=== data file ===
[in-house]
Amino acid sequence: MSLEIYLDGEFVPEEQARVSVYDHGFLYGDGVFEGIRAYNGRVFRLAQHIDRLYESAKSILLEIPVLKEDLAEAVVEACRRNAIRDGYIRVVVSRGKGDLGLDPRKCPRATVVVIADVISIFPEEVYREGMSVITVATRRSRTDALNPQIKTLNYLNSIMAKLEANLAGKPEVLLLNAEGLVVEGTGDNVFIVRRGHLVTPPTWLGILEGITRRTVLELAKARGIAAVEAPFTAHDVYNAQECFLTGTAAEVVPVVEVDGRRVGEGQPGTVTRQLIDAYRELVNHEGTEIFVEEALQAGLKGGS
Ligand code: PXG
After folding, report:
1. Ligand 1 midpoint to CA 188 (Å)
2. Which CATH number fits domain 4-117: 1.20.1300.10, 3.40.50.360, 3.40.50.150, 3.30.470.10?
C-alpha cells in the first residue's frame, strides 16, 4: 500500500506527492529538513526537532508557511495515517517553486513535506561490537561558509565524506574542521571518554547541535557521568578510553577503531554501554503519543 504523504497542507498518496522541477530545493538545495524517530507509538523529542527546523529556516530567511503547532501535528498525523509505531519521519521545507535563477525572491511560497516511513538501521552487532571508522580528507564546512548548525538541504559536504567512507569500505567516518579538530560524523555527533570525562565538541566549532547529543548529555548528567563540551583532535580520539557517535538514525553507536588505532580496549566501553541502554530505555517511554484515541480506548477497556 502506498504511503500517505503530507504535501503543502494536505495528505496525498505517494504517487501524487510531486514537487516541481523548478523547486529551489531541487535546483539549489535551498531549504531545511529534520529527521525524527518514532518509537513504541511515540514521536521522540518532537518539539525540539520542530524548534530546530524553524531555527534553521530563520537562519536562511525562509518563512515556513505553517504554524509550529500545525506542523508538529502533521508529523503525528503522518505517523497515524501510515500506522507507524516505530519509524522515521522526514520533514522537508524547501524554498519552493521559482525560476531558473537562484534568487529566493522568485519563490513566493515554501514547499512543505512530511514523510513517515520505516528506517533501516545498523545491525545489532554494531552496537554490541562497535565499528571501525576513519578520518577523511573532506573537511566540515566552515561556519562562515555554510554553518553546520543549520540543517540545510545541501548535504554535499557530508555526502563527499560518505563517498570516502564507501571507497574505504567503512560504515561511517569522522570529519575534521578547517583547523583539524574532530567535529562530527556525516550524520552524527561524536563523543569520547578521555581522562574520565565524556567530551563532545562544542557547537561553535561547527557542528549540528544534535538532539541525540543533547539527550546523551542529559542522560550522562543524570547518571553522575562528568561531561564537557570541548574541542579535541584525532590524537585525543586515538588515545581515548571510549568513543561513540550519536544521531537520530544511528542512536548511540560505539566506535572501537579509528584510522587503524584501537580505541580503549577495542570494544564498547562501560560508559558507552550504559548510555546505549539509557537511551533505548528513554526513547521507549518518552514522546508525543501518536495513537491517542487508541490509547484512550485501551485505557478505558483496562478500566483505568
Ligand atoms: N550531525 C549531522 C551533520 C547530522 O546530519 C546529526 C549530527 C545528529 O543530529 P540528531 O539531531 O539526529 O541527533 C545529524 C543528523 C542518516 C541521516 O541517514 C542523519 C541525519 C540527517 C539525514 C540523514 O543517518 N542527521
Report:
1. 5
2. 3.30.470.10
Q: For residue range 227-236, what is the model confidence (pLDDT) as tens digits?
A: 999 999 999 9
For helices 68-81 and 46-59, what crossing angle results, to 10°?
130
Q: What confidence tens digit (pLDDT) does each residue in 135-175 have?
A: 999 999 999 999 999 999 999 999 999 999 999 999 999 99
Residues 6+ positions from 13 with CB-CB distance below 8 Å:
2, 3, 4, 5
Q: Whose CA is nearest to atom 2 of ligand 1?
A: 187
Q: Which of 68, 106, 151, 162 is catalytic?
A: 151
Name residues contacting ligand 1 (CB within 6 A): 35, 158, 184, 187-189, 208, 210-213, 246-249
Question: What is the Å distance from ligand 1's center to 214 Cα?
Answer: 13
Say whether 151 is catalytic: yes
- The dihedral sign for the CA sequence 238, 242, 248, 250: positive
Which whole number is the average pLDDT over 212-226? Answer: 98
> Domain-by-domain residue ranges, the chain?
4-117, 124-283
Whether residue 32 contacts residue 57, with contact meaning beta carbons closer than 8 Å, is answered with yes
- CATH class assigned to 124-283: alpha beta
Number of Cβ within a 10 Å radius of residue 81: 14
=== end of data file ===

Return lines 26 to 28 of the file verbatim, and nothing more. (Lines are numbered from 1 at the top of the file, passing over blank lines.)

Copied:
Answer: 13
Say whether 151 is catalytic: yes
- The dihedral sign for the CA sequence 238, 242, 248, 250: positive